Having the authentication properly configured is the most challenging task. After getting that one done we can check on the Overview tab, and we can see that some details of the server on the right side, such as Operating System, status of the gateway, CPU performance, memory, and network adapters are being displayed already.

Details of the managed server an Azure Server Management Tools

One last thing before moving to the next stage, which is adding managed servers to the Server Management Tools, is to check the items that are part of the Resource Group that we created. We will notice that the gateway is an object, and for each connection (managed server) a new object will be created.

Adding more managed servers to Server Management Tools

Adding more managed computers

Another topic that sometimes generates some questions — and puzzles some administrators who are testing the new feature — is the process to add additional managed computers. Basically, a single gateway supports several managed computers associations, which means that the process to add a new computer is simple and easy and does not require as many steps as the first time.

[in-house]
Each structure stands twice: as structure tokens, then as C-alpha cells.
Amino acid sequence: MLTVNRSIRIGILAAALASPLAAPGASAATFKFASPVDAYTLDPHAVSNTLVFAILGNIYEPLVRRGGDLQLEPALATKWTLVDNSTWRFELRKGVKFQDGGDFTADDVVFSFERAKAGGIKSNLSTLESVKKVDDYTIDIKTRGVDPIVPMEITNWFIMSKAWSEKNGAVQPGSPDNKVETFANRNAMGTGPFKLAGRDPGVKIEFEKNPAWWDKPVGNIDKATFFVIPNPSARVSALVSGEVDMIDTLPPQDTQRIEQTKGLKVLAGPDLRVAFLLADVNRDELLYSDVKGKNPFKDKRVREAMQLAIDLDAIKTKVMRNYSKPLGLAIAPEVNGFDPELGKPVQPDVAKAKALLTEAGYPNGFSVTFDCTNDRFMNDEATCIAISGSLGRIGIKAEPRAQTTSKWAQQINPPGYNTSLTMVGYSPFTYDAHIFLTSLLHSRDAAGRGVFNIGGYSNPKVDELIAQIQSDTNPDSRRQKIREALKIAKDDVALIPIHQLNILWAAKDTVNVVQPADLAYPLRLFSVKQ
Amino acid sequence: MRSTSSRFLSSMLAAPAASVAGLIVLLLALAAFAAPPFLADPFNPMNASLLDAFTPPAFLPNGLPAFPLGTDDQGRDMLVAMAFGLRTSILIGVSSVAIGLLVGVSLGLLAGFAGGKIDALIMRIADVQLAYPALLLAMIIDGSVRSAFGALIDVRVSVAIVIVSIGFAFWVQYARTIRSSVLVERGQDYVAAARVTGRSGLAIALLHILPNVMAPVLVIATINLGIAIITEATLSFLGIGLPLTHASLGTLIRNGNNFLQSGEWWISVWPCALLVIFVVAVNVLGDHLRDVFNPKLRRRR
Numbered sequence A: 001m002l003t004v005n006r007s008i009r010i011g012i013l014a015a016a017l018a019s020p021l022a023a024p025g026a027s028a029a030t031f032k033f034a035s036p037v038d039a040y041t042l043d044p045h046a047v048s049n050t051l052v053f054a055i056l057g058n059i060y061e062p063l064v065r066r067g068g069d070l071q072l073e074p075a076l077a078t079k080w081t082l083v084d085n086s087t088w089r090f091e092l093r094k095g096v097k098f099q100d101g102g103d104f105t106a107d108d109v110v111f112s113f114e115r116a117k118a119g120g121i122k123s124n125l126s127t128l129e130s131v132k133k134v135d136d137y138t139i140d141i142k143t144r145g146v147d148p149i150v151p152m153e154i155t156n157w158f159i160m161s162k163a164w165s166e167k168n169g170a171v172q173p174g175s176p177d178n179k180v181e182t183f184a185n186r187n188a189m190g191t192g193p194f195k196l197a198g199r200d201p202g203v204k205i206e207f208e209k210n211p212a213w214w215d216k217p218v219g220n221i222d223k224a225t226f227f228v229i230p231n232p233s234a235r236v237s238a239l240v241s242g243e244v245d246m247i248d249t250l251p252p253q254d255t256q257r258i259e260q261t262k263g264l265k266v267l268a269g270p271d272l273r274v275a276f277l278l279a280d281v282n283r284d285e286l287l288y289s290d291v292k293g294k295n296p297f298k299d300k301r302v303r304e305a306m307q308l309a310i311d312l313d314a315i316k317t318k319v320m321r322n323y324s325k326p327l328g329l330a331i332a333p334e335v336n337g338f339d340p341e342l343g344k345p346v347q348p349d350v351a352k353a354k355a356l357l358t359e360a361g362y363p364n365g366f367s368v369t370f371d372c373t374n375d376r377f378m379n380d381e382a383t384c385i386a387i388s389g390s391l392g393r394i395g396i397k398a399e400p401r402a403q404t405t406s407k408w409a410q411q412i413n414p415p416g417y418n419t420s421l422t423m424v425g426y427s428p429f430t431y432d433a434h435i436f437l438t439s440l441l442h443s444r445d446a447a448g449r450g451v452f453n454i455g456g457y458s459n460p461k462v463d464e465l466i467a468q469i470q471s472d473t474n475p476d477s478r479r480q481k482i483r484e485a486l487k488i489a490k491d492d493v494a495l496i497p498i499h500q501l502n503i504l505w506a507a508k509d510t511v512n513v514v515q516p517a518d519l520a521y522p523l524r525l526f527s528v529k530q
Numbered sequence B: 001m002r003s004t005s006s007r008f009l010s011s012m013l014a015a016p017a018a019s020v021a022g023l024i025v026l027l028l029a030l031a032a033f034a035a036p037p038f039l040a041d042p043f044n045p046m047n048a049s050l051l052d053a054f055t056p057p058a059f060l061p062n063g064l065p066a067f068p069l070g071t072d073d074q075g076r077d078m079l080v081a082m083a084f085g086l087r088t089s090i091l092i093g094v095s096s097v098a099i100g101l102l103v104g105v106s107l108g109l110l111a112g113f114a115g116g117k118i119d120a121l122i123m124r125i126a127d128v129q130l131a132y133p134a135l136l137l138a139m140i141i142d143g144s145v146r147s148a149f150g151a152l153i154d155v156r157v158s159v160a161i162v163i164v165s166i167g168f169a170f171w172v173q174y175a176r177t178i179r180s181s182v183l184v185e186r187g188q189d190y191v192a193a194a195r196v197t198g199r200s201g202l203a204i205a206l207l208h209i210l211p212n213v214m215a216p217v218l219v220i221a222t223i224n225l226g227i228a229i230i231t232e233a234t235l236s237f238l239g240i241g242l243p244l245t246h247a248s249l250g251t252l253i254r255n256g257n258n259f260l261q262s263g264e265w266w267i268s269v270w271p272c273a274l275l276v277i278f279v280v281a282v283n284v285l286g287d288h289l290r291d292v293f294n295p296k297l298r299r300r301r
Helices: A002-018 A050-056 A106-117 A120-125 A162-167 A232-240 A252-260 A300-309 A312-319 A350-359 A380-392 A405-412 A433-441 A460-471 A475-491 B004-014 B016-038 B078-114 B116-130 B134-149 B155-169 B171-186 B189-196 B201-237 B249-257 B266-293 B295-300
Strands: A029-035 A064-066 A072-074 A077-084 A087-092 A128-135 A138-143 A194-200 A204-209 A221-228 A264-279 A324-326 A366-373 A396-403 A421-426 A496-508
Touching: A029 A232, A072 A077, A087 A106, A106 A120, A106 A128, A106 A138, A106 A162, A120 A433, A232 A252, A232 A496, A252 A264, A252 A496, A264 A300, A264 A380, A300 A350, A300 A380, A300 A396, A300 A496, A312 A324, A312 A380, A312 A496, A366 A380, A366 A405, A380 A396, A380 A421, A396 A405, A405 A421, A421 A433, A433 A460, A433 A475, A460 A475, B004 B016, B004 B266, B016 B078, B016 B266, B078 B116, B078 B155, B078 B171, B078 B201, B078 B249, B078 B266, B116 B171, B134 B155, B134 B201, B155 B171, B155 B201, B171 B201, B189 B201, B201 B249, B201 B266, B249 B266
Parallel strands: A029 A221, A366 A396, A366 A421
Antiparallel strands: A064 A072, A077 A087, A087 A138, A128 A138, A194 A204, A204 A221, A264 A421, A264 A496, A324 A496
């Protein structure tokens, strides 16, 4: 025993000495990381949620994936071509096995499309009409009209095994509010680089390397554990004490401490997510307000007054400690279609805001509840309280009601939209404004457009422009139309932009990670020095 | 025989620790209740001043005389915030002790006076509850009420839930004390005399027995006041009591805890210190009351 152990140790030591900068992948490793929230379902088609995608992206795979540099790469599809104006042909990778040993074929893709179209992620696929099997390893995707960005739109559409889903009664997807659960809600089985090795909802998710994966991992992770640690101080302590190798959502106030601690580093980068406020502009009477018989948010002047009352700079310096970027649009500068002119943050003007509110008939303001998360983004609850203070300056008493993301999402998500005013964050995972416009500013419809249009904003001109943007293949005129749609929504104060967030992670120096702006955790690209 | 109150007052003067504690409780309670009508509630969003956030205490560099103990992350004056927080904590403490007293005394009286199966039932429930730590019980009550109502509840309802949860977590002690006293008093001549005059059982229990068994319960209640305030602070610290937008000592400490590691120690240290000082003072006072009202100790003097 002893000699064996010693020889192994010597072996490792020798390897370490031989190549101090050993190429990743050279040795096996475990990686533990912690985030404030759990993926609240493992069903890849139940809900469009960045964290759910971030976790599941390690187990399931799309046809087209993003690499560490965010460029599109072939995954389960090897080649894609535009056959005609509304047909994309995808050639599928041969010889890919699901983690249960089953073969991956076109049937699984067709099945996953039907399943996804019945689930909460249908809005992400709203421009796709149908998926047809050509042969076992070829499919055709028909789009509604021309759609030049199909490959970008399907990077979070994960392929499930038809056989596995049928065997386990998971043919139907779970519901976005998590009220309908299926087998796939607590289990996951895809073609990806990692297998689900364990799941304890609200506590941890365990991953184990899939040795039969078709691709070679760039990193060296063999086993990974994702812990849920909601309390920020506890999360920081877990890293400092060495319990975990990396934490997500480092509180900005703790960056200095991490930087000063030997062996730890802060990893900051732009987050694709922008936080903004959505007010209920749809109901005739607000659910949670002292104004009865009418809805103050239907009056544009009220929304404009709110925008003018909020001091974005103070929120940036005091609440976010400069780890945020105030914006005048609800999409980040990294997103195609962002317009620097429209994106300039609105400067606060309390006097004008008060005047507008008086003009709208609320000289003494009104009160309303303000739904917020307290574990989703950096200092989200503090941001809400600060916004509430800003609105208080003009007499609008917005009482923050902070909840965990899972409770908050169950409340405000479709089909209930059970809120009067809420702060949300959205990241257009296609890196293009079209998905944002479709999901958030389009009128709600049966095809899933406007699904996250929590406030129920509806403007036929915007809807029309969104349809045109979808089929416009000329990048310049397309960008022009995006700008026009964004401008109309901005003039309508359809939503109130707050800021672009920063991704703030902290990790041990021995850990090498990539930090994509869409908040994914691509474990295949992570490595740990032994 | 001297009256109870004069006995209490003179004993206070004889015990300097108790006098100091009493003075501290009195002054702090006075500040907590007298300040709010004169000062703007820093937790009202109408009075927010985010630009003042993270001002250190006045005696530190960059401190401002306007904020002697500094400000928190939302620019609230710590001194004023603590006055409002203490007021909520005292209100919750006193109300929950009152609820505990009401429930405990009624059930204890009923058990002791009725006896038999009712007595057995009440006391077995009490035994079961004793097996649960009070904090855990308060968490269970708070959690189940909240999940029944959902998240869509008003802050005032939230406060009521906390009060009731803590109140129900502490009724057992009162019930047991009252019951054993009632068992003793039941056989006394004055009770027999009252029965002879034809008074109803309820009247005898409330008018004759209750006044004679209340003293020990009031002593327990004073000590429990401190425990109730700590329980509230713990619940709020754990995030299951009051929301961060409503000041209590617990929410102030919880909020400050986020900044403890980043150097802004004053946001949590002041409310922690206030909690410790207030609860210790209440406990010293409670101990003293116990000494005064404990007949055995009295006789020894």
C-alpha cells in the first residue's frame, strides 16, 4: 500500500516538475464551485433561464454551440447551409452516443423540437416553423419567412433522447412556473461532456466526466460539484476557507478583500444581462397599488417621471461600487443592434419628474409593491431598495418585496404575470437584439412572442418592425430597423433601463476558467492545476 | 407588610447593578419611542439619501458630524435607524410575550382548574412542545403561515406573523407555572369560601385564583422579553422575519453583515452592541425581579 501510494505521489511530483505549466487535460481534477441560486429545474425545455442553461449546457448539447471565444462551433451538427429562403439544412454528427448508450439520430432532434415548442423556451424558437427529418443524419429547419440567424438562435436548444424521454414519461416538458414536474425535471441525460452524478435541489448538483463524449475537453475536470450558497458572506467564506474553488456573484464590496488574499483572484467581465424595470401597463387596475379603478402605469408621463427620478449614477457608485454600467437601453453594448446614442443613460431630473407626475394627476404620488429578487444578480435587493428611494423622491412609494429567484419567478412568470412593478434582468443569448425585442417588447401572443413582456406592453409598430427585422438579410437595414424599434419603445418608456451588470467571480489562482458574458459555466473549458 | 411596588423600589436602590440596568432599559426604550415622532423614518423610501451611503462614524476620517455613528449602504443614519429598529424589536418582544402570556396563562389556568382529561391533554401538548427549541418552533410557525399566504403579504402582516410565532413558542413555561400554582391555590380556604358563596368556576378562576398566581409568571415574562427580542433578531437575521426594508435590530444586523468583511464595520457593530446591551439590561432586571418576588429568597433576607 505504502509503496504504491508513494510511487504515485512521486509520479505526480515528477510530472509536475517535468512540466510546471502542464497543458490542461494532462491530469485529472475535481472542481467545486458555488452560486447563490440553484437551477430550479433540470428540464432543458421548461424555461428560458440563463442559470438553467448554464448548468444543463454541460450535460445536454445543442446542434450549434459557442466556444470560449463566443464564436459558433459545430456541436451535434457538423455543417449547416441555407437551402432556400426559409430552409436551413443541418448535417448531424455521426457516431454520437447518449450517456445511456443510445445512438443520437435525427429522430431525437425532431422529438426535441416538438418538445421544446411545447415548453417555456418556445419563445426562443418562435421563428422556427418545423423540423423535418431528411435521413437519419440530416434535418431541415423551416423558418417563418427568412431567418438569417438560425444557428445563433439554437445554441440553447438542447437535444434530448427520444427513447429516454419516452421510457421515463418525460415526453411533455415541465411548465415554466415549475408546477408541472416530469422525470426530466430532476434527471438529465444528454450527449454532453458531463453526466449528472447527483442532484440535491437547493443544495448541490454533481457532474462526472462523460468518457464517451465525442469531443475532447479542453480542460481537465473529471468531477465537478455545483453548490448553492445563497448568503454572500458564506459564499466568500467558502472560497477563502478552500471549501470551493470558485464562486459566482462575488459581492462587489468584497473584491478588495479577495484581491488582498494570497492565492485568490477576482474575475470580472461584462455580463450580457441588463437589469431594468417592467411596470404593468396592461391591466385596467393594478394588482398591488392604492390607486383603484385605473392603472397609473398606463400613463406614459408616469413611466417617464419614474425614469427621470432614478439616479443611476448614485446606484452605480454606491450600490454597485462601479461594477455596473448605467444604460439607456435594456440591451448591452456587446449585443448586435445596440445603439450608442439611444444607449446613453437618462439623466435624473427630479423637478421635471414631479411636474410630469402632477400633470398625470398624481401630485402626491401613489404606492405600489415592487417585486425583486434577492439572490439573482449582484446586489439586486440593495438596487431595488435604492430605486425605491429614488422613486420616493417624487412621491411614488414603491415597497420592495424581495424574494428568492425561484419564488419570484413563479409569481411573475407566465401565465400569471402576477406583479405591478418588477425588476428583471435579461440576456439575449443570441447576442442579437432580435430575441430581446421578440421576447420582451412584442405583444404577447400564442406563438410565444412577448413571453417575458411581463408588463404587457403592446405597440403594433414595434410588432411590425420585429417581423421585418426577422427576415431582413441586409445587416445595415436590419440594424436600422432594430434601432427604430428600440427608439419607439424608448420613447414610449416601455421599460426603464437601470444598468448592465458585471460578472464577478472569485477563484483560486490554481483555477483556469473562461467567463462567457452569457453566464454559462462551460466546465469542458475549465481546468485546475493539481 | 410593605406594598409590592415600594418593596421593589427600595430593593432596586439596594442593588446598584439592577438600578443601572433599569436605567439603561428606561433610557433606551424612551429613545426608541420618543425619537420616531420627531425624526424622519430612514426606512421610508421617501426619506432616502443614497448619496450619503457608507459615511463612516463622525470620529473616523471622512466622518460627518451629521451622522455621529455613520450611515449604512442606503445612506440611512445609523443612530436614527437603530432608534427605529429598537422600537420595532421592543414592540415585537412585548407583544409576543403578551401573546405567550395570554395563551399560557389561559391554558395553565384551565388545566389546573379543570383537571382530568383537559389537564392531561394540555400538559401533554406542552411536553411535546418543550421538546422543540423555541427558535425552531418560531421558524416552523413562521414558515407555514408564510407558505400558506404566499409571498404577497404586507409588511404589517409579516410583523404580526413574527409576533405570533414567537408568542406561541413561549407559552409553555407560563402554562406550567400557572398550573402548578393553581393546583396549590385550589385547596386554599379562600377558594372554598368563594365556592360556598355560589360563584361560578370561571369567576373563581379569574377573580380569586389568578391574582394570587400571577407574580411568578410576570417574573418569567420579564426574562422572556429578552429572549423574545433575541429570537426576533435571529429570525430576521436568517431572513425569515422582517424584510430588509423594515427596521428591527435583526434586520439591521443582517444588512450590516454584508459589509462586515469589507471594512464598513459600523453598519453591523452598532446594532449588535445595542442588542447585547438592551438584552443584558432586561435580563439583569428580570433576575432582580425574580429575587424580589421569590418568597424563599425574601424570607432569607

To add a managed computer to the SMT feature, go back to the Overview tab of SMT, and then click on Add computer connection located on the right side.

Add computer connection

In the new blade, type in the computer that we want to manage. The gateway server will connect to this computer defined here using the information provided. Click on OK.

Fill in computer name

When adding a Windows Server 2012 or Windows Server 2012 R2, the administrator may receive a message that some required software is missing (a message in a banner saying Required Software not detected. Click here to Configure.). If that is the case, click on it, and on the new blade click on Install and the installation process will start automatically. Wait a few minutes for the confirmation that the process was completed on the server that we have just added.

Install required software on Windows Server 12 or Windows Server 2012 R2

After adding a new server, the administrator/operator must configure the credentials regarding that new server.